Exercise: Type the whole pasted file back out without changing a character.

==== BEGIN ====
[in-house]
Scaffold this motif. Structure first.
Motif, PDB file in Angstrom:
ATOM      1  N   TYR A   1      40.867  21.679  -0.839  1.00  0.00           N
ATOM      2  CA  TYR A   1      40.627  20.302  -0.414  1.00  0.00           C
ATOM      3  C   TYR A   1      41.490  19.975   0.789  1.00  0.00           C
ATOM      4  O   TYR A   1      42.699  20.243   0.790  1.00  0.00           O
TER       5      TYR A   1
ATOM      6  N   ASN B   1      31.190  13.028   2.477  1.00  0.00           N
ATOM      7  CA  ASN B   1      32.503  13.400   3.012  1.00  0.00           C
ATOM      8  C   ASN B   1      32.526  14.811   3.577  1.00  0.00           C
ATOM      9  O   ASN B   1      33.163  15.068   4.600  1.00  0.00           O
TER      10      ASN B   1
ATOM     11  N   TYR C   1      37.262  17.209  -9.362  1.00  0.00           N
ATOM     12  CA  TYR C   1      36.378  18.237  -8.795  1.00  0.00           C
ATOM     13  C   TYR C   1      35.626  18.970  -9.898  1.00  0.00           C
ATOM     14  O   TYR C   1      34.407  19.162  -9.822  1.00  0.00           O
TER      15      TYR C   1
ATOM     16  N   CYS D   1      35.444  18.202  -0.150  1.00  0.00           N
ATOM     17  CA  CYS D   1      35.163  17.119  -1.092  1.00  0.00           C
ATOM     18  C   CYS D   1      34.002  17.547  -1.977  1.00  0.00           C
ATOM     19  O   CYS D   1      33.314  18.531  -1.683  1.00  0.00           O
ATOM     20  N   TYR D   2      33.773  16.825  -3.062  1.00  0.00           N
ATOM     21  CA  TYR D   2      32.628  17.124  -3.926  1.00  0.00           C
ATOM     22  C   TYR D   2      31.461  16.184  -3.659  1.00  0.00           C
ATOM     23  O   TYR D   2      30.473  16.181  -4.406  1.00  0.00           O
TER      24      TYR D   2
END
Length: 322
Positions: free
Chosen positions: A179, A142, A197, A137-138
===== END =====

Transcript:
[in-house]
Scaffold this motif. Structure first.
Motif, PDB file in Angstrom:
ATOM      1  N   TYR A   1      40.867  21.679  -0.839  1.00  0.00           N
ATOM      2  CA  TYR A   1      40.627  20.302  -0.414  1.00  0.00           C
ATOM      3  C   TYR A   1      41.490  19.975   0.789  1.00  0.00           C
ATOM      4  O   TYR A   1      42.699  20.243   0.790  1.00  0.00           O
TER       5      TYR A   1
ATOM      6  N   ASN B   1      31.190  13.028   2.477  1.00  0.00           N
ATOM      7  CA  ASN B   1      32.503  13.400   3.012  1.00  0.00           C
ATOM      8  C   ASN B   1      32.526  14.811   3.577  1.00  0.00           C
ATOM      9  O   ASN B   1      33.163  15.068   4.600  1.00  0.00           O
TER      10      ASN B   1
ATOM     11  N   TYR C   1      37.262  17.209  -9.362  1.00  0.00           N
ATOM     12  CA  TYR C   1      36.378  18.237  -8.795  1.00  0.00           C
ATOM     13  C   TYR C   1      35.626  18.970  -9.898  1.00  0.00           C
ATOM     14  O   TYR C   1      34.407  19.162  -9.822  1.00  0.00           O
TER      15      TYR C   1
ATOM     16  N   CYS D   1      35.444  18.202  -0.150  1.00  0.00           N
ATOM     17  CA  CYS D   1      35.163  17.119  -1.092  1.00  0.00           C
ATOM     18  C   CYS D   1      34.002  17.547  -1.977  1.00  0.00           C
ATOM     19  O   CYS D   1      33.314  18.531  -1.683  1.00  0.00           O
ATOM     20  N   TYR D   2      33.773  16.825  -3.062  1.00  0.00           N
ATOM     21  CA  TYR D   2      32.628  17.124  -3.926  1.00  0.00           C
ATOM     22  C   TYR D   2      31.461  16.184  -3.659  1.00  0.00           C
ATOM     23  O   TYR D   2      30.473  16.181  -4.406  1.00  0.00           O
TER      24      TYR D   2
END
Length: 322
Positions: free
Chosen positions: A179, A142, A197, A137-138